A New Tool for Ongoing Studies of Unconventional Reservoirs
Recent Wyoming State Geological Survey (WSGS) projects involving correlating Upper Cretaceous subsurface oil reservoirs in the Denver and Powder River basins have stressed the need for a comprehensive overview of statewide stratigraphy. Stratigraphy is the relative order and position of strata and their relationship to the geological time scale.
WSGS oil and gas geologist, Dr. Ranie Lynds, and Joshua Slattery at the University of South Florida collaborated to create a chart correlating Upper Cretaceous strata at 25 generalized locations throughout Wyoming to Western Interior biostratigraphy (fossils preserved in strata, including ammonites, bivalves, vertebrates, and pollen) and the most recent chronostratigraphic data. The new chart (Correlation of the Upper Cretaceous Strata of Wyoming, Open File Report 2017-3), focuses on strata deposited between 100 million and 63 million years ago and covers all Wyoming basins.
This stratigraphic chart will be useful in assessing hydrocarbon potential of correlative unconventional strata throughout the state.
“The Survey believes that the potential for unconventional oil and gas resources in Wyoming is very high and that the understanding of these plays is in the early stages,” says WSGS Director, Tom Drean. “We hope that information provided by the WSGS, such as this stratigraphic chart, will play a helpful role in facilitating this understanding.”
In Wyoming, the working definition of an unconventional reservoir is one in which production is improved through horizontal drilling and enhanced stimulation techniques such as hydraulic fracturing. Currently, most of Wyoming’s unconventional production is from the Powder River and Denver basins. The 2016 production numbers highlight the importance of this chart: seven of the top 10 oil-producing formations are Upper Cretaceous in age and account for nearly 60 percent of total production.
“The marine to transitional marine organic-rich shales and sandstones that were originally deposited as part of the Western Interior Foreland Basin are the heart of Wyoming’s unconventional oil plays,” says Lynds. “The geologists here at the WSGS want to expand upon our knowledge of these current plays to include potential unexplored unconventional reservoirs elsewhere in the state.”
In spring 2017, the WSGS released a study of the unconventional Codell Sandstone reservoir in the Denver Basin, Open File Report 2017-2 by geologists Rachel Toner and Dr. Erin Campbell.
“The Codell Sandstone was deposited at roughly the same time as the Turner Sandstone and Wall Creek Member of the Frontier Formation. Twenty-nine percent of Wyoming’s 2016 oil production was from these three equivalent formations, with the Turner alone accounting for 14 percent,” explains Lynds. “Recognizing the correlation between similar formations is the first step in understanding unconventional reservoir potential. We attempted to lay a solid foundation from which other geologists in industry and academia can build upon for future reservoir evaluations.”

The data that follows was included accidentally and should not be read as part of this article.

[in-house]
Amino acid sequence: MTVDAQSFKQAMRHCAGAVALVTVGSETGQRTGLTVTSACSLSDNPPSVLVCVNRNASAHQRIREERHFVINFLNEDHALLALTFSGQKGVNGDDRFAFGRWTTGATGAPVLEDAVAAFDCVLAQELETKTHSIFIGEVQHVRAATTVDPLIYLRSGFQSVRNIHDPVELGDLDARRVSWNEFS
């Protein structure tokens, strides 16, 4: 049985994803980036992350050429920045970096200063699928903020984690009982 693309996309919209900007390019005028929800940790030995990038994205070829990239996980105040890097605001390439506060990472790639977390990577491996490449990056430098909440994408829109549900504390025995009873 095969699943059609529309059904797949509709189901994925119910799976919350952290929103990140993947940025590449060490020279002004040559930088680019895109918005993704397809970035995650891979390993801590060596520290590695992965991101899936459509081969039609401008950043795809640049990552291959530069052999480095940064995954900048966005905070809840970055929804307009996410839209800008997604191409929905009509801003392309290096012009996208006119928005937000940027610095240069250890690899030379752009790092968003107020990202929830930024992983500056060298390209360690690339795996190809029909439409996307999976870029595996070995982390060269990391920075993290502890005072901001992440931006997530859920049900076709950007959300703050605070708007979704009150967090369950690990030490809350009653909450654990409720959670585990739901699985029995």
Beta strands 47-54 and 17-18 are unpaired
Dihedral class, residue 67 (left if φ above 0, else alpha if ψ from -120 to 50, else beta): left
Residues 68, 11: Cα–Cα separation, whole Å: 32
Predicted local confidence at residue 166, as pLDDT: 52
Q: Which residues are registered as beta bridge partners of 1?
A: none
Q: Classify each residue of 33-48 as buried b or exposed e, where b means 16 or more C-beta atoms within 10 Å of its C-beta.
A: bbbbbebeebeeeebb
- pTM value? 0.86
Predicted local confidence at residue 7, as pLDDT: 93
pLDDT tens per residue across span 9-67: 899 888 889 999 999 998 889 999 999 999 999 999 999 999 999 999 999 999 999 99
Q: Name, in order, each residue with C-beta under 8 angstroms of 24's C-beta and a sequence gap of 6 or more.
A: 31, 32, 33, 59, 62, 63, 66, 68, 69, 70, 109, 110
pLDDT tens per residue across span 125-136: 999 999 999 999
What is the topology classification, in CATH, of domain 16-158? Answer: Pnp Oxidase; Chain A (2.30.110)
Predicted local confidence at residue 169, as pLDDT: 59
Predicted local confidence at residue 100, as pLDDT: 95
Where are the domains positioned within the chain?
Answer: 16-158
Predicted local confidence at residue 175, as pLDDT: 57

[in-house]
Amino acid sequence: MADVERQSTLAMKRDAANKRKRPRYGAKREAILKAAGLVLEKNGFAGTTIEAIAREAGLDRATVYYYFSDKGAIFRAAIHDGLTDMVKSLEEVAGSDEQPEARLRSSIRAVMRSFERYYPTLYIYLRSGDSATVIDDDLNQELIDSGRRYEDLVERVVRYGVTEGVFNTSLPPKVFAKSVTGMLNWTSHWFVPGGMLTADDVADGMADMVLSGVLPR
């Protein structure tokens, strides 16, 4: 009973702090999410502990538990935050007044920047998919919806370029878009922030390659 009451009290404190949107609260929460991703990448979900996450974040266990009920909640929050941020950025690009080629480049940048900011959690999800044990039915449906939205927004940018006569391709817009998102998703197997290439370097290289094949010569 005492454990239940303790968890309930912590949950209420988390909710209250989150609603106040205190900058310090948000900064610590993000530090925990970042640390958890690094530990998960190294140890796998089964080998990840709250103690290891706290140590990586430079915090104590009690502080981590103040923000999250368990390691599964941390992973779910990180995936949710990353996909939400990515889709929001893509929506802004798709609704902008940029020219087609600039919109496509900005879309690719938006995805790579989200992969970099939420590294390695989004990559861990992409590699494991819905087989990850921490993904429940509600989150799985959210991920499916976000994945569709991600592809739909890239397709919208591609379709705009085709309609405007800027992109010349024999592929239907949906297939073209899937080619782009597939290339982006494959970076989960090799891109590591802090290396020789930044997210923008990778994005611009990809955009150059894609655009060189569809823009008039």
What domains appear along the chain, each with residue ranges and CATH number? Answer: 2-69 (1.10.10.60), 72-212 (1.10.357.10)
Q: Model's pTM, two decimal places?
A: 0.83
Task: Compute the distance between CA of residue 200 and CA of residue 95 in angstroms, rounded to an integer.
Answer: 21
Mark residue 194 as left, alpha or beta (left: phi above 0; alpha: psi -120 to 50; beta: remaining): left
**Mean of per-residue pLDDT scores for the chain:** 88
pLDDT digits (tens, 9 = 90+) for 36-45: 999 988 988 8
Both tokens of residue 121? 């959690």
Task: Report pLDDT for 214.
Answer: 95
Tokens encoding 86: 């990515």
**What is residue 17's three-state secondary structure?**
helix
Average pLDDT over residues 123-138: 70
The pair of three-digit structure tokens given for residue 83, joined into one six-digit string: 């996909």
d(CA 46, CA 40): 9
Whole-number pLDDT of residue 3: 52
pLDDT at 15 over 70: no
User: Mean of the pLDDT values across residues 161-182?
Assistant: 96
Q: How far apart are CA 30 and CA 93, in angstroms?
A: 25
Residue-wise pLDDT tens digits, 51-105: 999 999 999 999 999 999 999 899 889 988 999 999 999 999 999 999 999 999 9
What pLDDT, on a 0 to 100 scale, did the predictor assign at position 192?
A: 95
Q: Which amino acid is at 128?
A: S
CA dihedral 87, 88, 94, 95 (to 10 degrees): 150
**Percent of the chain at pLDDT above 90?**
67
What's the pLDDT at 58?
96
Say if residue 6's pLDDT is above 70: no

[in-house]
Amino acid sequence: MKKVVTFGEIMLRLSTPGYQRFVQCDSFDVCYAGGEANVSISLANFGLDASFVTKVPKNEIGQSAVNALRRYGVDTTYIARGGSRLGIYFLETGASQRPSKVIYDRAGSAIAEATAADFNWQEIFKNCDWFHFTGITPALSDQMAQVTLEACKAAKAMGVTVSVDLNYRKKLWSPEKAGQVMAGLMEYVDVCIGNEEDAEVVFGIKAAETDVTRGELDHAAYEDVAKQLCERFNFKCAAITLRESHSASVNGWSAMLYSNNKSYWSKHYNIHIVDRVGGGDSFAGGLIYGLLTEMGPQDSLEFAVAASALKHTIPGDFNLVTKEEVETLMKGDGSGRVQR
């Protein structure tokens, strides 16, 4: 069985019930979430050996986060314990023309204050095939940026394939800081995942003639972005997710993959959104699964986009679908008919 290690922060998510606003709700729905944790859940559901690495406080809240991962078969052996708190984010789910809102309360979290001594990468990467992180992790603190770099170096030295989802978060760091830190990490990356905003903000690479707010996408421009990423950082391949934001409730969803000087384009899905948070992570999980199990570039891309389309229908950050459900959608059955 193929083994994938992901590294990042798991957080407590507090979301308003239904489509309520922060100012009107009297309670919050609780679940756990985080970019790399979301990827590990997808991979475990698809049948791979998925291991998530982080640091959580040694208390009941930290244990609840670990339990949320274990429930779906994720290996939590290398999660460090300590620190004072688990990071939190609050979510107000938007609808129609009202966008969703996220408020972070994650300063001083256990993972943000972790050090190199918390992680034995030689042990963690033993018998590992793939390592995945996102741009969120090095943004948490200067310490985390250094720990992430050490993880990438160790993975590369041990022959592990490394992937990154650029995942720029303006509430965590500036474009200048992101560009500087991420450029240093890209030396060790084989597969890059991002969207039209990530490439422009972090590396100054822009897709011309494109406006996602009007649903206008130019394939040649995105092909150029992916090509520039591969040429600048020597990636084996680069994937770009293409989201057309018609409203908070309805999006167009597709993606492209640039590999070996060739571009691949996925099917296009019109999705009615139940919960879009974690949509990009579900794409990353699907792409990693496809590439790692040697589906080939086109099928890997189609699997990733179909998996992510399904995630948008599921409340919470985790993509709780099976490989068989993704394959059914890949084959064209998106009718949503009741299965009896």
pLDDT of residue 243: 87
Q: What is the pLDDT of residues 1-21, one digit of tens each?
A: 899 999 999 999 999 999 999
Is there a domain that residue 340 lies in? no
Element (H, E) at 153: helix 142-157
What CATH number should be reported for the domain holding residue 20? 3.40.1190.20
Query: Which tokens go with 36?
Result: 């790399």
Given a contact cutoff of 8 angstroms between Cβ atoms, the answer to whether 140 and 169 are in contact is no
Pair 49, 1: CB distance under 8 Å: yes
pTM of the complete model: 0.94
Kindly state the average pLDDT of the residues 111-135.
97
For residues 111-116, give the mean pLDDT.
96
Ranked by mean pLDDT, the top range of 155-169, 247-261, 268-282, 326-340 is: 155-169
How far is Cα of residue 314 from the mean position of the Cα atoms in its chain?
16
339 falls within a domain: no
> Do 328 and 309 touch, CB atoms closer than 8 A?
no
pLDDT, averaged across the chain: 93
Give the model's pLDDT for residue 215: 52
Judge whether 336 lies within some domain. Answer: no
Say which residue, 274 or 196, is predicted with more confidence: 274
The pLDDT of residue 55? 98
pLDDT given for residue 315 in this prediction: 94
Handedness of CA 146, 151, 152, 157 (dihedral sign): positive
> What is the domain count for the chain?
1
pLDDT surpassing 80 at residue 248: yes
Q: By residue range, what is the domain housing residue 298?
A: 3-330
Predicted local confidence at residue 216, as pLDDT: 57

Toward this end, the WSGS is currently investigating completion practices and geology of the Wall Creek and Turner reservoirs in the southern Powder River Basin. This effort is led by Toner, who notes that, “While drilling practices such as well orientation and lateral length are important, initial results suggest they may not be as important as in the Codell study. Basic geology may have more of an influence on the Turner/Wall Creek production trends we see today.”
The WSGS is also working to create a subsurface stratigraphic energy database, which will include all formations interpreted in the subsurface by the WSGS. Initially, the database will deliver currently available interpretations, such as the Upper Cretaceous in the Denver and Powder River basins, the Lance and Fort Union formations in the Washakie and Great Divide basins and coal correlations throughout the Greater Green River Basin. These data will be free for download in summer 2018.
“Right now, if a user wants these type of data they need to pay a private company. This will be the first dataset of this sort where all data has been hand-picked by a WSGS geologist and is free to the public. The data should be invaluable to industry, and we hope that providing this data framework will attract additional exploration in Wyoming,” says Toner.
The new stratigraphic correlation chart is available as a free download and for purchase on the WSGS sales site. It is an open file report and therefore will be supplemented periodically as new information becomes available.
Slattery will present the chart at the Geological Society of America’s annual meeting Oct. 22 in Seattle.